I am a postdoctoral research fellow at the Max Planck Institute for the Study of Religious and Ethnic Diversity (Göttingen, Germany), working in Prof. Dr. Ran Hirschl’s fellow group for Comparative Constitutionalism. I earned a PhD in political science from the University of Texas at Austin in 2018.
The majority of my recent research has gone into a book on public participation in constitution-making processes. Entitled The Veil of Participation: Citizens and Political Parties in Constitution-Making Processes, the book is the first comprehensive study of the extent to which input from the public affects the drafting of constitutions. I argue that public participation is in most cases unlikely to have an impact on the constitutional text, but that the extent to which citizens can make their input effectual is primarily determined by the nature of the political parties involved in drafting the constitution. Building on both extensive field work and quantitative analyses, the empirical chapters include studies of the impact of public participation in three much-cited cases (Brazil, South Africa, and Iceland), and a broader cross-national exploration of the party-mediation thesis. The book is forthcoming with Cambridge University Press.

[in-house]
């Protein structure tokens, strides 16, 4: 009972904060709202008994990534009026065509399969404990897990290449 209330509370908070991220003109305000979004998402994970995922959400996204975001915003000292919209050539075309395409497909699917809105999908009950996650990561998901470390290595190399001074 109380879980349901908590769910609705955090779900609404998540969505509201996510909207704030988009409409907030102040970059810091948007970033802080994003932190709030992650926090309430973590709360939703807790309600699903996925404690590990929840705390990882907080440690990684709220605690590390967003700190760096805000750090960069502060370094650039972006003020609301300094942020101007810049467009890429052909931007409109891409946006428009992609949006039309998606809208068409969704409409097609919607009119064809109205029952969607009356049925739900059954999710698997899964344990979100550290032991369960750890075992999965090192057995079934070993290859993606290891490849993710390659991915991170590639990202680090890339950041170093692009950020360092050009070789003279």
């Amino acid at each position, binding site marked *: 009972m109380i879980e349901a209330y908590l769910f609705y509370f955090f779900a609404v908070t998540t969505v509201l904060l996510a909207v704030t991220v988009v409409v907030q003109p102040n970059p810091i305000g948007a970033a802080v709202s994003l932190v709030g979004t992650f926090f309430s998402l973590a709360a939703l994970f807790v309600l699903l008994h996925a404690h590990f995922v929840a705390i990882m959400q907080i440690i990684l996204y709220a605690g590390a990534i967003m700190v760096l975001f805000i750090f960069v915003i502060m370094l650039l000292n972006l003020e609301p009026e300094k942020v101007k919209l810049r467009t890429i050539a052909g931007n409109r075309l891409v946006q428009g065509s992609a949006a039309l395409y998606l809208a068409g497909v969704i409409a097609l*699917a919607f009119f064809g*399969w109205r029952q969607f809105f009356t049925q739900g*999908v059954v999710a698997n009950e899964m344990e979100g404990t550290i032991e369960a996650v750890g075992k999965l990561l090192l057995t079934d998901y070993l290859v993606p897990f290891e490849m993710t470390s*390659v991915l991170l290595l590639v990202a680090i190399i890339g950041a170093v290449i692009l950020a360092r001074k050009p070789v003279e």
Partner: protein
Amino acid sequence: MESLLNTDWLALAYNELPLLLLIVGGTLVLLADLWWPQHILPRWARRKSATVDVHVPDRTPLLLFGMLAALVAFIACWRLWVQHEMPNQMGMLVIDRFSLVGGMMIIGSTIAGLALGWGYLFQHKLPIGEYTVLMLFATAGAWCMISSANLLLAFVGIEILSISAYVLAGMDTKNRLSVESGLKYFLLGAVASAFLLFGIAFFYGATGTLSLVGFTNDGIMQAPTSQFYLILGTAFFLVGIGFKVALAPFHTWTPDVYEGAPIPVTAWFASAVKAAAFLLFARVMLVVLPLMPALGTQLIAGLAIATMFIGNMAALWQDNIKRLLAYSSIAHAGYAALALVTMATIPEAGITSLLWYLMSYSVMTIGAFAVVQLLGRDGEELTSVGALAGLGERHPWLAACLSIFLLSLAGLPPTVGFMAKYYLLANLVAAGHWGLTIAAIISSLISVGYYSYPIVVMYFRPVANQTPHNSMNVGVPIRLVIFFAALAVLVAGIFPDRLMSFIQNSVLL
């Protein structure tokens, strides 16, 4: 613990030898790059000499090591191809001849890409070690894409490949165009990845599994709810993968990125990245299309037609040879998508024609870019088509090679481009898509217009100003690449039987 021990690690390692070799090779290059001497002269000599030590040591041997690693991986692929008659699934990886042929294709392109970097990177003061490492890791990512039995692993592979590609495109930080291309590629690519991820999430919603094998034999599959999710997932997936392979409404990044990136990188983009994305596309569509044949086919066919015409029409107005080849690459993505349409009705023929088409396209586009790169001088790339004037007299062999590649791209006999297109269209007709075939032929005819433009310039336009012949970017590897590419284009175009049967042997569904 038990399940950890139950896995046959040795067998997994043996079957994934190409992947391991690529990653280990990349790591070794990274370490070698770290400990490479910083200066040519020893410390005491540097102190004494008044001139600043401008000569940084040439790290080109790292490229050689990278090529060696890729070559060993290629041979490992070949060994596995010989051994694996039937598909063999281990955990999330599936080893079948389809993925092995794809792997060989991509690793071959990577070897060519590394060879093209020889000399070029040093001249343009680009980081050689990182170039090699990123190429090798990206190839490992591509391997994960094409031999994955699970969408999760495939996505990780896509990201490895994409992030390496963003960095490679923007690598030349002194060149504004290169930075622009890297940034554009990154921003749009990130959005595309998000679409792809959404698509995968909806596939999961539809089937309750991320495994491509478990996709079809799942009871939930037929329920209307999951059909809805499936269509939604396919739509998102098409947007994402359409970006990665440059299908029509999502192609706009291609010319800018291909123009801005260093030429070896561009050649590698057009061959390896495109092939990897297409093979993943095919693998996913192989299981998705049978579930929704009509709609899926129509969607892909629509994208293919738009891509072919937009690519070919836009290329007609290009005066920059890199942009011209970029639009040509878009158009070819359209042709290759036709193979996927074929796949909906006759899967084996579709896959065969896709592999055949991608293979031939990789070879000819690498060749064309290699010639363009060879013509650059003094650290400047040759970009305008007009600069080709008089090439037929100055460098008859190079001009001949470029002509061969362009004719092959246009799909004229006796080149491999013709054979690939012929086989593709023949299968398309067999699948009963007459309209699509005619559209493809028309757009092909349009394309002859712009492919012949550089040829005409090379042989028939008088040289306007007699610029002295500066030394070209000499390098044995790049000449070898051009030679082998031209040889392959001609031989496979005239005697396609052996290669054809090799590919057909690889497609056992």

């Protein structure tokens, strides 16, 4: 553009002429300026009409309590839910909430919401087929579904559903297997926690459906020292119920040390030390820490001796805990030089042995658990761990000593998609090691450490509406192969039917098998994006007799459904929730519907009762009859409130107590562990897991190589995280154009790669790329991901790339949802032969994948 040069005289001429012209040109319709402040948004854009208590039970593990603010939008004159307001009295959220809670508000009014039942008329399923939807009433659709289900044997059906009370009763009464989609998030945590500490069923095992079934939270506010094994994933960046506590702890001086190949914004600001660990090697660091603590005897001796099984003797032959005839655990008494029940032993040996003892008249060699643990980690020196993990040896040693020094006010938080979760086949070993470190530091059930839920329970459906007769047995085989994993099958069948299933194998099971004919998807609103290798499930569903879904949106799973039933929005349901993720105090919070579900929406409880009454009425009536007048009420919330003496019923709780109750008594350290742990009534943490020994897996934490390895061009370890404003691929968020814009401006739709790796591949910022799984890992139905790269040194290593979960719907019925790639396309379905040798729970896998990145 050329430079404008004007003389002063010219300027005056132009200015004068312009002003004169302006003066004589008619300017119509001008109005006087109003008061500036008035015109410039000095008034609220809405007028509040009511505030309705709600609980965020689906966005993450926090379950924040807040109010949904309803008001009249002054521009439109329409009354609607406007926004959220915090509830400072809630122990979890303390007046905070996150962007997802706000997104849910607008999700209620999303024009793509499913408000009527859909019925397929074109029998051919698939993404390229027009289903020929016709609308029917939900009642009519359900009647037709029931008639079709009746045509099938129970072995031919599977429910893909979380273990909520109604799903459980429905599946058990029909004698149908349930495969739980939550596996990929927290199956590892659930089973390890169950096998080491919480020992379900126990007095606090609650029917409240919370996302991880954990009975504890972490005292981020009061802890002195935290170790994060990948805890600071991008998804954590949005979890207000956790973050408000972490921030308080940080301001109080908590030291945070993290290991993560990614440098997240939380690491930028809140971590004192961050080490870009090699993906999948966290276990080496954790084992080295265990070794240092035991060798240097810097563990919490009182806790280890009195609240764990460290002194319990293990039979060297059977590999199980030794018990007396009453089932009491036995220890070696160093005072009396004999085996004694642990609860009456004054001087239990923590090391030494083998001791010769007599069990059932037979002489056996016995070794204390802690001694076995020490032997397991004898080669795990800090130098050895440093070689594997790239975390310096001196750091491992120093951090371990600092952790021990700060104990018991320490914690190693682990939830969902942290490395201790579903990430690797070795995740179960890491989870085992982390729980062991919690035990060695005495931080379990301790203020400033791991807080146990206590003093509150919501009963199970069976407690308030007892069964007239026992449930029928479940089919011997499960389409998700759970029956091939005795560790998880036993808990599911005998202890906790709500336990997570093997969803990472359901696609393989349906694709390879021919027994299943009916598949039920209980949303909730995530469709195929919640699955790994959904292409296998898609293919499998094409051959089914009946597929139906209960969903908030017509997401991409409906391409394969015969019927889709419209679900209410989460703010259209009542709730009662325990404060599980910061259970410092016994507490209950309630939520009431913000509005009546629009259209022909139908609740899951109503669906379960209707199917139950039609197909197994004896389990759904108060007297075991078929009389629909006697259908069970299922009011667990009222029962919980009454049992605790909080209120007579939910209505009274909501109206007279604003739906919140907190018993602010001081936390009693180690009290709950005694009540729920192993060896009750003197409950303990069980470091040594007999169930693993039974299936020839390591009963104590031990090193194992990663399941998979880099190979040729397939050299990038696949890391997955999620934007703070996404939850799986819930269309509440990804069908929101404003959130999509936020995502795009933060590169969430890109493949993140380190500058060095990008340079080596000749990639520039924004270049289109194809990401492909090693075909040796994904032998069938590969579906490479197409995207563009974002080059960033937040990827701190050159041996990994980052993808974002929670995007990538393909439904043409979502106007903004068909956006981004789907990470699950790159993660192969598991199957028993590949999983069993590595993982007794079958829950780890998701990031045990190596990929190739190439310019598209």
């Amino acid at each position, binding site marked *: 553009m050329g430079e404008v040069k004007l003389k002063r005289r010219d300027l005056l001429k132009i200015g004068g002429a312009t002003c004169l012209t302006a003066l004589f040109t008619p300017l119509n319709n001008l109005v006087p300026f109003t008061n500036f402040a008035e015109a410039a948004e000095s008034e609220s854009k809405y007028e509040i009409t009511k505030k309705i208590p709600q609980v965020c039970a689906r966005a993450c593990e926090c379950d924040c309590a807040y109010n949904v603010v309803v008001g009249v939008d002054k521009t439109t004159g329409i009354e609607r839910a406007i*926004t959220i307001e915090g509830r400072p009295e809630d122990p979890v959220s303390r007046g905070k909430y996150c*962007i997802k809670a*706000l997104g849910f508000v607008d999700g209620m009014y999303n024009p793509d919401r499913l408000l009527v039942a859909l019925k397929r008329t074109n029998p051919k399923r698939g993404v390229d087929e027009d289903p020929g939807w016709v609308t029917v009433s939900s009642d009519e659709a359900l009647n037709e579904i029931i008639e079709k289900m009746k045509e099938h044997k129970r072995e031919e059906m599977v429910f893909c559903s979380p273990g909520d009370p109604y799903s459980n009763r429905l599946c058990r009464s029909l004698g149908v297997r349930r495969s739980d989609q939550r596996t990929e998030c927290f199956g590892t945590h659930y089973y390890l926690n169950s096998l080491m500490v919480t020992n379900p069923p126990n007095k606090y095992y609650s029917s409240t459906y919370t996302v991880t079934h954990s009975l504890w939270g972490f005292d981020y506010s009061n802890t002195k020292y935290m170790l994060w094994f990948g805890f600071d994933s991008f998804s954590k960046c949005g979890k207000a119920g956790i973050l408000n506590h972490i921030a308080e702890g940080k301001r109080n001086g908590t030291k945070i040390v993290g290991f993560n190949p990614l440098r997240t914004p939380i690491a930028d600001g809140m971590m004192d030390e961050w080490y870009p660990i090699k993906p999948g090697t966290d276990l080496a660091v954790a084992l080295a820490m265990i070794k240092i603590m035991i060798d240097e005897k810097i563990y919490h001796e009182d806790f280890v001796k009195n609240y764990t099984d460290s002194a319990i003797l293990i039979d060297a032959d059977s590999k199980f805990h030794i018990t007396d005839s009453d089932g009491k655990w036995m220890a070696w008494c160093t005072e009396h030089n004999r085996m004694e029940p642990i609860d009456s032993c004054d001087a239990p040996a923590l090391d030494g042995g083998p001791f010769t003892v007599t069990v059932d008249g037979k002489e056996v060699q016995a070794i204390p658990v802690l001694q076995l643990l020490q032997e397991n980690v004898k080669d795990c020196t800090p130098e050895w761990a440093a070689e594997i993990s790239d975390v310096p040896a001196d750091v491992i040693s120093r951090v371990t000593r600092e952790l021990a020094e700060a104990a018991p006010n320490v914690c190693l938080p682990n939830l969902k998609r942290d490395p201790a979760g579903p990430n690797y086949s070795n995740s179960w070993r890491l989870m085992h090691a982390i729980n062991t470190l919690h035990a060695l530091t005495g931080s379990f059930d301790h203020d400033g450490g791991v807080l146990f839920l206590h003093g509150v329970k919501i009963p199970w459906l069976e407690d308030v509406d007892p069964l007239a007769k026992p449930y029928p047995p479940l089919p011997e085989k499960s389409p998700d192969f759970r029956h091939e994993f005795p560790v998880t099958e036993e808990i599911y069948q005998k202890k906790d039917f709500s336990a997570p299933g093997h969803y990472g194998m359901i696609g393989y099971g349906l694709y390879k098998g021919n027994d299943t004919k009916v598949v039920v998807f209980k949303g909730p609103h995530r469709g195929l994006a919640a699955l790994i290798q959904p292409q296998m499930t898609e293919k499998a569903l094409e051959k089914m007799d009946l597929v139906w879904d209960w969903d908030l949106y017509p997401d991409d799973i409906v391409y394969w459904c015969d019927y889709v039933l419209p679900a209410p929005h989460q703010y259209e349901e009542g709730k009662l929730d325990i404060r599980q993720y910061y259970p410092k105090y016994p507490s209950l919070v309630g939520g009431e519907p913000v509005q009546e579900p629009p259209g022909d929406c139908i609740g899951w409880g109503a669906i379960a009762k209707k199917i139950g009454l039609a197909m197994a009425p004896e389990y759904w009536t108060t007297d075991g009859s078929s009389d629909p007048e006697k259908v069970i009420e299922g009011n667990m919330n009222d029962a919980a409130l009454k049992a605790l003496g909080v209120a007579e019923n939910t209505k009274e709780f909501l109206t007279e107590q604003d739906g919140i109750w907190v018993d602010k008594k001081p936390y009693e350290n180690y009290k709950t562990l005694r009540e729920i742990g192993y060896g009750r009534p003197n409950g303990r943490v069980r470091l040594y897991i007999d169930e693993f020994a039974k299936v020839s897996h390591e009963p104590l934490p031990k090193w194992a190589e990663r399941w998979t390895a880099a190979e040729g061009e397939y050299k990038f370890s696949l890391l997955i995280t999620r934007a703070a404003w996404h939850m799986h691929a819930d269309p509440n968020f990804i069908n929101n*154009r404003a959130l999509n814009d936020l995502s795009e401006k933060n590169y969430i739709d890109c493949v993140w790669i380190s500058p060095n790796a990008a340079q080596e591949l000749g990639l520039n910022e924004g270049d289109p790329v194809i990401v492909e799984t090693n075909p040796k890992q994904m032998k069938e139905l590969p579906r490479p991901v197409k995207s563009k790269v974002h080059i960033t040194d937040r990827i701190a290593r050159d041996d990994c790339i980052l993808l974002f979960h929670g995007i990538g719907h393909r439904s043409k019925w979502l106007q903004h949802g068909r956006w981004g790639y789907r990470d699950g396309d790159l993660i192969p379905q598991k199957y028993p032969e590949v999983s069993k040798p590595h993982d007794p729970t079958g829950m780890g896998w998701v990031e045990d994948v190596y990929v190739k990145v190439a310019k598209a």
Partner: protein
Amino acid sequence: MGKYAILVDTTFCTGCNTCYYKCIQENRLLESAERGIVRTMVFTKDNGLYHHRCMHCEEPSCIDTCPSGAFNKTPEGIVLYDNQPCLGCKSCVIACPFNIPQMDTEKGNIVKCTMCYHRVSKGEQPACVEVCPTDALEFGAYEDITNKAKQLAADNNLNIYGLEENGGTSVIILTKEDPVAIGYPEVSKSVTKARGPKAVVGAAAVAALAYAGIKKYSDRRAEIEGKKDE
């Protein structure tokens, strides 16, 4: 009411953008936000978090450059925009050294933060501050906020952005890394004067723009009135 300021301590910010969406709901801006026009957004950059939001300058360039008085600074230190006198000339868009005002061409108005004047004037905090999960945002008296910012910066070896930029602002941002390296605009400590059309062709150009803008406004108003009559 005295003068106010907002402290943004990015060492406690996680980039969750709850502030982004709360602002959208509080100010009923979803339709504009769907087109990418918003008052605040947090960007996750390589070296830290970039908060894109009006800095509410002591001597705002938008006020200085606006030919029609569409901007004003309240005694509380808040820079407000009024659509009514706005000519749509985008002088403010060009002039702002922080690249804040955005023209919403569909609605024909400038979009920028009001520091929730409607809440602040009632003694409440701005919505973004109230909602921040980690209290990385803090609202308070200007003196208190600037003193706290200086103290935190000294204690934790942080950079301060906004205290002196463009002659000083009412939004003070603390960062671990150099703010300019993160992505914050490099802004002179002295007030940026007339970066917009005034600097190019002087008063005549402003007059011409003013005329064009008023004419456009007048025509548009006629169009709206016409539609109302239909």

I also have ongoing research projects on political participation, minority rights, constitutional referenda, and the diffusion of language in national constitutions. My earlier work includes research on law and courts in Canada and Brazil. I have taught courses at Georg-August-Universität Göttingen, University of Texas at Austin, and Fundação Getulio Vargas in Rio de Janeiro, and worked for the Comparative Constitutions Project.
Links to my publications and a copy of my CV are accessible in the expected places on this webpage.